Missing the mark
Your article in the January 2004 issue of Vision Systems Design was not only wide of the mark, it was bordering on rude, and it was certainly condescending.
Your article in the January 2004 issue of Vision Systems Design was not only wide of the mark, it was bordering on rude, and it was certainly condescending. At the very least, you missed the mark.
You were asked about cameras by two colleagues. You then 'proferred' a particular one, based on your requirements and your standards and your preferences. You made the fatal mistake of attitude you later attribute to Circuit City and its ilk—you answered a question that wasn't asked, or, to be more correct, you didn't ask any at all. You didn't ask what they wanted the cameras for, nor the circumstances they'd be used for.
This is what leads to one-shot customers and not genuine repeat business, and it is ultimately costly. Loyalty to a service provider, or brand, over a period is priceless. The line taken in your article is the very antithesis of that and the bane of all those in sales who do genuinely try to inculcate brand/provider loyalty.
In addition, I disagree with some of your comments on the merit of 3-Mpixel cameras. Most people only look at pictures at 6 × 4 in. In a conventional film camera, there are usually as many 'bad' pictures as good ones, and, similarly, the printing process is as much a cause of bad prints than anything the camera user or camera is responsible for. So, ultimately digital pictures cost you less for number of prints printed, which means that for most people, 3 Mpixels makes good sense and will do nicely.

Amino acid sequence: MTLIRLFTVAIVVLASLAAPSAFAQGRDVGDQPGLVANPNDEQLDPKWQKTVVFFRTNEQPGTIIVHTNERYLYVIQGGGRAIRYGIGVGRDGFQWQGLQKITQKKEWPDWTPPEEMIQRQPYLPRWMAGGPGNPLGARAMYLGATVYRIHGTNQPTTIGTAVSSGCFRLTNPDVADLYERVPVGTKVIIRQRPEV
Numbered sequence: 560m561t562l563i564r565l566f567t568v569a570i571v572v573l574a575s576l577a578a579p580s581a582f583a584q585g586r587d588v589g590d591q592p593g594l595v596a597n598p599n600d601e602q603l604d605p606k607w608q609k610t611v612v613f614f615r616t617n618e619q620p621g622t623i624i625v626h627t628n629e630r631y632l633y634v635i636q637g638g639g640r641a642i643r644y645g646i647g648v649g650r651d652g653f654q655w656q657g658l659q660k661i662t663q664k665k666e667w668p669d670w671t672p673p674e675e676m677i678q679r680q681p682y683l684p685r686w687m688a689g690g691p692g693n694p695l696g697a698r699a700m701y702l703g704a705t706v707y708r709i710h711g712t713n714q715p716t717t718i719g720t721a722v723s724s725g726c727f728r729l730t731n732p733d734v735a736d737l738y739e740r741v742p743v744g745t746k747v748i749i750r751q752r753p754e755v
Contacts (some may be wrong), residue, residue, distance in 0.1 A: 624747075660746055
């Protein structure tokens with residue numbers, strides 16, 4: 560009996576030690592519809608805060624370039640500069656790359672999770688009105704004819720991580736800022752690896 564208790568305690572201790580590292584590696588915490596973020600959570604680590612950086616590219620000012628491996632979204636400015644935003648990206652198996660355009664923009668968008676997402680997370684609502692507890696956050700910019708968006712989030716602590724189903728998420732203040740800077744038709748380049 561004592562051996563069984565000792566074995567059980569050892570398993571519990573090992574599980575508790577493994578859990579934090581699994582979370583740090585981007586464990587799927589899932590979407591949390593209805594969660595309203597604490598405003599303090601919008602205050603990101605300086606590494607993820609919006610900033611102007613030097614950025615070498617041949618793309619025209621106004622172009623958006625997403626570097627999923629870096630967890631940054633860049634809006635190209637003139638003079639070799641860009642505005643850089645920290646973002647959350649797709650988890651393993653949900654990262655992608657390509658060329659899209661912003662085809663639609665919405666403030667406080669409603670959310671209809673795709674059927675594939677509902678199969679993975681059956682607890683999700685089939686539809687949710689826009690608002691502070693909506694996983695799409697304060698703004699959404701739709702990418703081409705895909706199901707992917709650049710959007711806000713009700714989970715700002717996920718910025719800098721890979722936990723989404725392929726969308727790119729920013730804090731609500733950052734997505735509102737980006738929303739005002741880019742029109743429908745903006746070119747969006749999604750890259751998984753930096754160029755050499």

Ms. Bush and Ms. Leger, enjoy your new-found 'toy.' I like mine so much I sold off all my 35-mm SLR gear, and my picture quality is good enough for printing in high-quality magazines or on a four-color web press.
I helped MegaVision sell their digital cameras back when they would bring $25,000 from end users, would take only product (still) shots, and required three passes of the R, G, B filter wheel. Sometime around 2000 or so, I was interested in the Olympus E10 with 3 Mpixels. The Olympus 2100 had only 2.1 Mpixels in the sensor, but it had a 10X zoom roughly equivalent to my 28–300-mm zoom on my Minolta 35-mm film camera. I could frame most shots without changing my position and get a good-quality image.
Since then, I've watched the densities of digital devices soar to 4 Mpixels in the cheaper digital cameras, but only occasionally do I find the 10X optical zoom.
So there are limits to the zoom-to-pixel-density equation. But better designers seem to know this, and the cameras with 10X zoom and 3 Mpixels or better are out there, at very enticing prices.
Digital is convenient, and quick shooting is generally better than swapping lenses. The case for digital photography is compelling, and as a consumer with a choice, I've made mine. My film cameras are mostly shelf-bound these days.